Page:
(Reuters) - Ohio Governor Mike DeWine on Thursday reversed course and called on the state’s legislature to repeal and replace a nuclear energy bailout bill at the center of a federal investigation into bribery.
“This whole policy issue must be revisited by the General Assembly,” DeWine, a Republican, told reporters in a news conference. “While the policy in my opinion is good, the process by which it was created stinks, is terrible.” Earlier this week, he said the bill should not be repealed.
Ohio House Speaker Larry Householder, a Republican, and four other men tied to state politics were arrested on Tuesday in the $60 million bribery and racketeering case stemming from the bill passed last year to bail out the state’s two nuclear power plants as well as coal plants.
U.S. Attorney for the Southern District of Ohio David DeVillers this week called the case largest bribery and money-laundering scheme in state history.
Akron-based FirstEnergy the company that owns the nuclear plants, said in a news release on Tuesday it had received subpoenas in connection with the investigation surrounding the bill, and intends to fully cooperate with the probe.
In recent years, FirstEnergy was among several companies that have lobbied state and federal officials to get subsidies to keep reactors in service. Aging nuclear plants have suffered from higher security costs and competition from power plants that burn cheaper natural gas.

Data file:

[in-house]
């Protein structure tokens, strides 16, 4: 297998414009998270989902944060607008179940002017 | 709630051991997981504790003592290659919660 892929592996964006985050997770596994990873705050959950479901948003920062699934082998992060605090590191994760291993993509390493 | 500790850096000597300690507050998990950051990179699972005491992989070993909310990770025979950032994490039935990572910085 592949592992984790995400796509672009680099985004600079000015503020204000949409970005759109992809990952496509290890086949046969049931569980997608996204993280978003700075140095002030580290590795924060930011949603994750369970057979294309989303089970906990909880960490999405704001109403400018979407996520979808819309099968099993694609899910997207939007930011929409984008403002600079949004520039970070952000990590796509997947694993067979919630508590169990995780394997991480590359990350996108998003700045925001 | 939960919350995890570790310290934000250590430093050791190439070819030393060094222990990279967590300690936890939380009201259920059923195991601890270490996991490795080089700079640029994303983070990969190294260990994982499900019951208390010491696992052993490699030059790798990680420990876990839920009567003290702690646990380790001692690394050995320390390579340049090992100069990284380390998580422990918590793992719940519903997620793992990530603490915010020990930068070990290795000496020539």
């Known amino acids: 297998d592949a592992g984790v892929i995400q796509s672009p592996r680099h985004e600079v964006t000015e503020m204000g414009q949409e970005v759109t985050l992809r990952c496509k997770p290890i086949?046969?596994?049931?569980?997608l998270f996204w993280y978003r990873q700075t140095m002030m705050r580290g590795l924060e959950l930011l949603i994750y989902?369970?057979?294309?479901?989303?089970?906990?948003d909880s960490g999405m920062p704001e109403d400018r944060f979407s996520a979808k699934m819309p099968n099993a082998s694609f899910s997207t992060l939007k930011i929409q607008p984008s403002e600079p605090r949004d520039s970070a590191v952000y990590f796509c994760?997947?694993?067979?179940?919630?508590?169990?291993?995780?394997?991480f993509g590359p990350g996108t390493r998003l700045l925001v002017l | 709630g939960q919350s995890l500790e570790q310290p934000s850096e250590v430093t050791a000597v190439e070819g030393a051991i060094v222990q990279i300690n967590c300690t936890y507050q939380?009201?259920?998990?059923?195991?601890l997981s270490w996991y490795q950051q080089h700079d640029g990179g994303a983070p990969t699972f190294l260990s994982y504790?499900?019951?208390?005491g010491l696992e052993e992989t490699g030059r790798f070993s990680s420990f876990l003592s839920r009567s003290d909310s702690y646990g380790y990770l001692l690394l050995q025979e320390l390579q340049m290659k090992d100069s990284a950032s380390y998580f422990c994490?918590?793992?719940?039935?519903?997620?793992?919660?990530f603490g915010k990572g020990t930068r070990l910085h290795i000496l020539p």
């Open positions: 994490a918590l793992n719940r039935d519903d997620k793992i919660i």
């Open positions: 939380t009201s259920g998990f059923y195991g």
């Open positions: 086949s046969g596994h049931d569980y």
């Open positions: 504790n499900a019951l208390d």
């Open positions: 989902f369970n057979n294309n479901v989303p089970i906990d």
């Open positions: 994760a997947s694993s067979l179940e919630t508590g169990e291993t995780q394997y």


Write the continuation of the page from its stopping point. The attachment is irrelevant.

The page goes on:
DeVillers said the company, without identifying it, gave $60 million to Generation Now, a political nonprofit operated by the five men, funds used for lobbying that secured passage of a controversial $1.5 billion bill.
The bill, which passed mostly on a party-line vote with Republicans in the majority, also rolled back renewable energy standards, requiring utilities to get 8.5% of their power from renewable energy, down from 12.5%. DeWine said the legislature should debate whether to reinstate the measure.
Reporting by Timothy Gardner; editing by Jonathan Oatis
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